"I voted" in the Cherokee language. / Cherokee Nation

Certified Election Results Show Clear Majority For Incumbent Cherokee Chief

The Cherokee Nation Election Commission certified results Monday showing Principal Chief Bill John Baker won a second term. Baker earned roughly 53 percent of the vote. He needed 50 percent to avoid a runoff with any of the other four candidates, including his predecessor, former Principal Chief Chad Smith, state Rep. Will Fourkiller, and Charlie Soap, the widow of former Principal Chief Wilma Mankiller.
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Obama Proposes New Rules To Cut Truck Emissions

Jun 19, 2015

The Obama administration is proposing new regulations aimed at cutting carbon pollution from medium and heavy-duty trucks.

Citing climate change concerns, the rule from the Environmental Protection Agency and the Transportation Department would raise fuel efficiency for rigs hauling goods like steel, oil and timber, as well as delivery vehicles and dump trucks.

The proposal will be open for public comment, and the administration is expected to have a final version next year.

Miners at work in the Bolivian town of Potosí.
Christophe Meneboeuf / Wikimedia Commons

For nearly two centuries, the city of Potosí in the highlands of what is now Bolivia was the crown jewel of the Spanish Empire. From the mid 14th until the early 16th century, the Spain used the silver mined from Potosí’s Cerro Rico – or Rich Hill – to fund its empire

MND-N (Multi National Division North) / U.S. Army

Kurdish fighters gained control of the Syrian town of Tal Abyad on the Turkish border on Tuesday, cutting off a key route between ISIS territory and the Turkish border

“This shuts the door on a big crossing. So it was an  important victory,” said Joshua Landis, the director of the University of Oklahoma’s Center for the Middle East Studies.

The unfinished American Indian Cultural Center and Museum in Oklahoma City.
Brent Fuchs / The Journal Record

It's been almost a month since the end of the legislative session, and Oklahoma City leaders are now starting to address one of 2015's more closely-followed bills - the fate of the American Indian Cultural Center and Museum in Oklahoma City.

The seal of the Cherokee Nation
Cherokee Nation

The nonprofit Carter Center says it won't be observing this year's upcoming Cherokee elections as in past years.

The Atlanta-based center says the Cherokee Nation Election Commission decided against inviting the center to observe the June 27 elections.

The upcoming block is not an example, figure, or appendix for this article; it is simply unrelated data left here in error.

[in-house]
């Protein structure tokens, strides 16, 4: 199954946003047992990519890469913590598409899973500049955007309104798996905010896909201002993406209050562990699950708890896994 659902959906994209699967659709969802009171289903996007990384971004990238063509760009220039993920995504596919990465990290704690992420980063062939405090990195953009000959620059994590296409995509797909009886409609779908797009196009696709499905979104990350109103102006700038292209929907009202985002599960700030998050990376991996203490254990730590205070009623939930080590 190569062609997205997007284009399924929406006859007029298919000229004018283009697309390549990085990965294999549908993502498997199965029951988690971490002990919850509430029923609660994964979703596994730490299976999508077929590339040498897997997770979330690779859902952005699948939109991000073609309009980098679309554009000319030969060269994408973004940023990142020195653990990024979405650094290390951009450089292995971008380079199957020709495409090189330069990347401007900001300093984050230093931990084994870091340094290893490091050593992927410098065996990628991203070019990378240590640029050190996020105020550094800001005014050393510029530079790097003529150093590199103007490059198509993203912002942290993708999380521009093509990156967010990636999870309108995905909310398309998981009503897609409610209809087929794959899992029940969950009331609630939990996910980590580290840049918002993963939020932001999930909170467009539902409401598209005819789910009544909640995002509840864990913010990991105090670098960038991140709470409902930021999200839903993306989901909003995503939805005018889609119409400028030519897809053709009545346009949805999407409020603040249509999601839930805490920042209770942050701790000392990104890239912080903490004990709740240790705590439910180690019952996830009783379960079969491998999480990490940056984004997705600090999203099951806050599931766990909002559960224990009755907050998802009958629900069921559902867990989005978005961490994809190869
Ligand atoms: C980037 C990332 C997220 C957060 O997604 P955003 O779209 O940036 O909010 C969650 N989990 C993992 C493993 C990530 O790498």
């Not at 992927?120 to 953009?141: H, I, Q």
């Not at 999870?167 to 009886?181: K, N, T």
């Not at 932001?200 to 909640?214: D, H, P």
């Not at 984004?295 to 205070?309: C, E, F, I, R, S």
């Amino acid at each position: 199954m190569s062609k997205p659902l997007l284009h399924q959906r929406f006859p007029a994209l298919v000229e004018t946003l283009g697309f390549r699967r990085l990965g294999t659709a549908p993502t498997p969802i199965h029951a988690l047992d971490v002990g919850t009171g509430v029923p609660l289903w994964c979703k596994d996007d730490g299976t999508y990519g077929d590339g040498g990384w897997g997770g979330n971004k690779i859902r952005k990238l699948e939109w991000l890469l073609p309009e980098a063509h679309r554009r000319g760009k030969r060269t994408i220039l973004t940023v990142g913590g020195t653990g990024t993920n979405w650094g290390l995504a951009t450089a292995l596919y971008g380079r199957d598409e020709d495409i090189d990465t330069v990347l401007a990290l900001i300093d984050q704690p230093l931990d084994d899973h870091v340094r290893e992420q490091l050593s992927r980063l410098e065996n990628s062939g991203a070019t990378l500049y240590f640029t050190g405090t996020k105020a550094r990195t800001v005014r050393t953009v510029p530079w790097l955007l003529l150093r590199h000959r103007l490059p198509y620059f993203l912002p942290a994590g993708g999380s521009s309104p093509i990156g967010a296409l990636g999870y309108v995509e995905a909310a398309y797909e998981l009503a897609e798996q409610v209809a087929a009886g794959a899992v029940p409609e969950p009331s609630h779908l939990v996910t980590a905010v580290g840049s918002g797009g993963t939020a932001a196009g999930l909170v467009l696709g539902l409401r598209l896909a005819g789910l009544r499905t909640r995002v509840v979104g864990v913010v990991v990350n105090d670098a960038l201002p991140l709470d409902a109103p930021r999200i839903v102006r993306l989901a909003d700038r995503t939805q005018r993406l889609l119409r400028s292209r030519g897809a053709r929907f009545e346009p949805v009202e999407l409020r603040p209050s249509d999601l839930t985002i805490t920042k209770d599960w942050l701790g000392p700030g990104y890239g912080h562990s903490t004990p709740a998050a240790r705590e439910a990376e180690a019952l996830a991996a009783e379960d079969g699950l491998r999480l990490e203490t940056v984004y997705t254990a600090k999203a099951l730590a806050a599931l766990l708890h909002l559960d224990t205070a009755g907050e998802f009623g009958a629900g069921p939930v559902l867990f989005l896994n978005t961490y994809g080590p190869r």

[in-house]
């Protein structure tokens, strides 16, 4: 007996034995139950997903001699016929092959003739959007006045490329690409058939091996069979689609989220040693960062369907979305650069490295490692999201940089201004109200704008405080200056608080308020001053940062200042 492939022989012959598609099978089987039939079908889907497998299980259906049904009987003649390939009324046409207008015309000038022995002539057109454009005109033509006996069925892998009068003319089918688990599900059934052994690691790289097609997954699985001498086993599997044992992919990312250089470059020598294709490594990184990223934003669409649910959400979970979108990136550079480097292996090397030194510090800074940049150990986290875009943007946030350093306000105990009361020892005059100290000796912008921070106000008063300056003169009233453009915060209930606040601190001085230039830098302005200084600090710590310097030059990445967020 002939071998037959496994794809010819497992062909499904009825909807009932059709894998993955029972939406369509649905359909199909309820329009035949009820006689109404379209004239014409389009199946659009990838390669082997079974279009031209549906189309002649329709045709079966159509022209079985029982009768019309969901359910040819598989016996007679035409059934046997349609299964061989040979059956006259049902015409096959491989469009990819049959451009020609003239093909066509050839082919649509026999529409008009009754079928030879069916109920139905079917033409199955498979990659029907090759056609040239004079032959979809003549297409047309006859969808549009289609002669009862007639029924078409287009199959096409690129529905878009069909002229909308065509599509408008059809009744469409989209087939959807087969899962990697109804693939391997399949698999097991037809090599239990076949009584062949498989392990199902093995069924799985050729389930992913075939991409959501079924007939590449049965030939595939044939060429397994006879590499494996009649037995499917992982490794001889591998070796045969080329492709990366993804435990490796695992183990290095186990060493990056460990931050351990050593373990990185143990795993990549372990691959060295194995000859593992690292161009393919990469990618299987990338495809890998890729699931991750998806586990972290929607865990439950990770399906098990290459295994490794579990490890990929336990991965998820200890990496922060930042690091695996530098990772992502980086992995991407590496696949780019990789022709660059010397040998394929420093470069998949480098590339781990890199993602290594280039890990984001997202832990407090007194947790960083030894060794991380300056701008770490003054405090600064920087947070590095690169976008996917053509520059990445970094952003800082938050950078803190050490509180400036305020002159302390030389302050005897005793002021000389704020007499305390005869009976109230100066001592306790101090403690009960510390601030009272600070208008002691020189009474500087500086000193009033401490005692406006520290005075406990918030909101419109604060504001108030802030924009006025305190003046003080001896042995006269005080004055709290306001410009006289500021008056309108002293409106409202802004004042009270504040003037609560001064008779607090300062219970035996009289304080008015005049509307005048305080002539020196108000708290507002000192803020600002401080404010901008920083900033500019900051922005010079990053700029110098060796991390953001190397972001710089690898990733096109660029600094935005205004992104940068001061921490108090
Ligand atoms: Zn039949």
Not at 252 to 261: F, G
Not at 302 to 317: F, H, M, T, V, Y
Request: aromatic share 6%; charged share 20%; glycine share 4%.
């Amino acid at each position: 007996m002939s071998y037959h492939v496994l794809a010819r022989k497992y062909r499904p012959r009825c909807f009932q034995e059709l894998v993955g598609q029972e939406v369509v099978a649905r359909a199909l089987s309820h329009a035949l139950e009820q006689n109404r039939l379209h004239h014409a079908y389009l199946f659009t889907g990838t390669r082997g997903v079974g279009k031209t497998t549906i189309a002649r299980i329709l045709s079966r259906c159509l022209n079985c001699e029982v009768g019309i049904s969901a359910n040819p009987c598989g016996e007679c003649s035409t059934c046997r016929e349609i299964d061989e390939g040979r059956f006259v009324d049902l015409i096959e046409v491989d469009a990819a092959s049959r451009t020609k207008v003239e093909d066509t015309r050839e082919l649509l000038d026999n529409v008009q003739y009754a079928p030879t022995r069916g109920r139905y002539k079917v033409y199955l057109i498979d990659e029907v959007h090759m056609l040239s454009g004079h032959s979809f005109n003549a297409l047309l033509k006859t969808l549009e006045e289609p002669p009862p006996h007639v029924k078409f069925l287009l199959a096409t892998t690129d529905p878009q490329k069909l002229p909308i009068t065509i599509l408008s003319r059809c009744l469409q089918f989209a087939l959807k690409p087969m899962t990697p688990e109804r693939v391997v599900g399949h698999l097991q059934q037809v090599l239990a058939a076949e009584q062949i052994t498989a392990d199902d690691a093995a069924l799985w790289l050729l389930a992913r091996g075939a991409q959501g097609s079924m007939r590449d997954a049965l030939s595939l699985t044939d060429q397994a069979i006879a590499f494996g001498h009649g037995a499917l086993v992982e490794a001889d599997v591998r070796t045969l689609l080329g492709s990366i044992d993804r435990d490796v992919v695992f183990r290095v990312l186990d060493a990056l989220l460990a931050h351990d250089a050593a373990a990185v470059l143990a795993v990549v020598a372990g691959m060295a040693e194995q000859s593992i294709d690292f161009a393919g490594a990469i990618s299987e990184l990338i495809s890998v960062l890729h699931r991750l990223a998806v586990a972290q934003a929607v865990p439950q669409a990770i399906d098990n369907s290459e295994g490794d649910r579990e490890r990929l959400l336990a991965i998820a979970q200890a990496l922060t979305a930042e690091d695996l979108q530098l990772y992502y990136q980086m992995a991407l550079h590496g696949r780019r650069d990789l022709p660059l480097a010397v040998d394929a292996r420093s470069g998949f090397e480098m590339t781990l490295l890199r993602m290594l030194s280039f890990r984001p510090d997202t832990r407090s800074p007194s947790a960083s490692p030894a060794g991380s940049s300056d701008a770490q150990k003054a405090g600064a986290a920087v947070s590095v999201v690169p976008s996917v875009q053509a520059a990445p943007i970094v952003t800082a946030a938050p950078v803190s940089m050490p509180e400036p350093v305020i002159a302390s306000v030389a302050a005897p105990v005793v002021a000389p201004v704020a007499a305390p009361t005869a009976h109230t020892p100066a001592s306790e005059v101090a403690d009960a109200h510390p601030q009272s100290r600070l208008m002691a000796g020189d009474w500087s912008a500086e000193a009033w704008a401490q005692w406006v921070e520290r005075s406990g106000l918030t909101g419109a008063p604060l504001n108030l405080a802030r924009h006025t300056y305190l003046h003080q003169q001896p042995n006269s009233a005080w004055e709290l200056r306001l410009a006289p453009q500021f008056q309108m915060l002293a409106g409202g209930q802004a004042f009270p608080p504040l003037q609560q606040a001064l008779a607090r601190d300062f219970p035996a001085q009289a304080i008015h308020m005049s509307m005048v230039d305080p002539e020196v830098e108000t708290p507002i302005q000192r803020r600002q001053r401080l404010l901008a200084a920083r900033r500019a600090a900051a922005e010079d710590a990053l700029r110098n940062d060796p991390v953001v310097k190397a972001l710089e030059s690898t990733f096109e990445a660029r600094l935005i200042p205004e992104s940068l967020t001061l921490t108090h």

The Carter Center observed elections for the Cherokee Nation in 1999 and 2011 — a controversial election that continued into the fall before a new chief of the Cherokees was known.

Oil-field workers lining up a section of pipe at a disposal well plug-back operation in Grant County, Okla.
Joe Wertz / StateImpact Oklahoma

The vast majority of Oklahoma’s recent earthquakes occurred in areas where the energy industry pumped underground massive amounts of waste fluid byproducts of oil and gas production, scientists write in a new paper published Thursday.

 

In a short speech at the White House, President Obama on Thursday addressed the mass shooting at a Charleston church.

He said that while the investigation constrained what he could say about the facts of case, he was not constrained by emotion.

A combine crew from South Dakota harvests wheat near Altus in southwest Oklahoma.
Joe Wertz / StateImpact Oklahoma

May 2015 was Oklahoma’s wettest month on record. The historic rainfall washed away an economically draining drought that haunted parts of the state for five years. For many wheat farmers in southwestern Oklahoma, however, the record rainfall is too much, too late.

To find a farmer in the wide, unbroken prairie of southwest Oklahoma, scan the horizon and look for clouds — of dust. In a field five miles south of Altus, Fred Schmedt peers through the haze and watches a gray-and-black combine pull alongside a tractor with a grain cart.

Schmedt grins as the bin fills.

Updated at 5:30 p.m. ET.

Police in Charleston, S.C., say a man they suspect opened fire and killed nine people during a Wednesday prayer meeting at one of the city's oldest historically black churches has been captured.

Kool Cats Photography / Flickr Creative Commons

Federal officials say an open-flame heater on the floor of an oil rig likely sparked a December fire that killed three and injured two in Coalgate. 

The U.S. Department of Labor's Occupational Safety and Health Administration says this wasn't the first time the company that owns the rig was cited for using a heater on an oil rig floor, the McAlester News-Capital reports.

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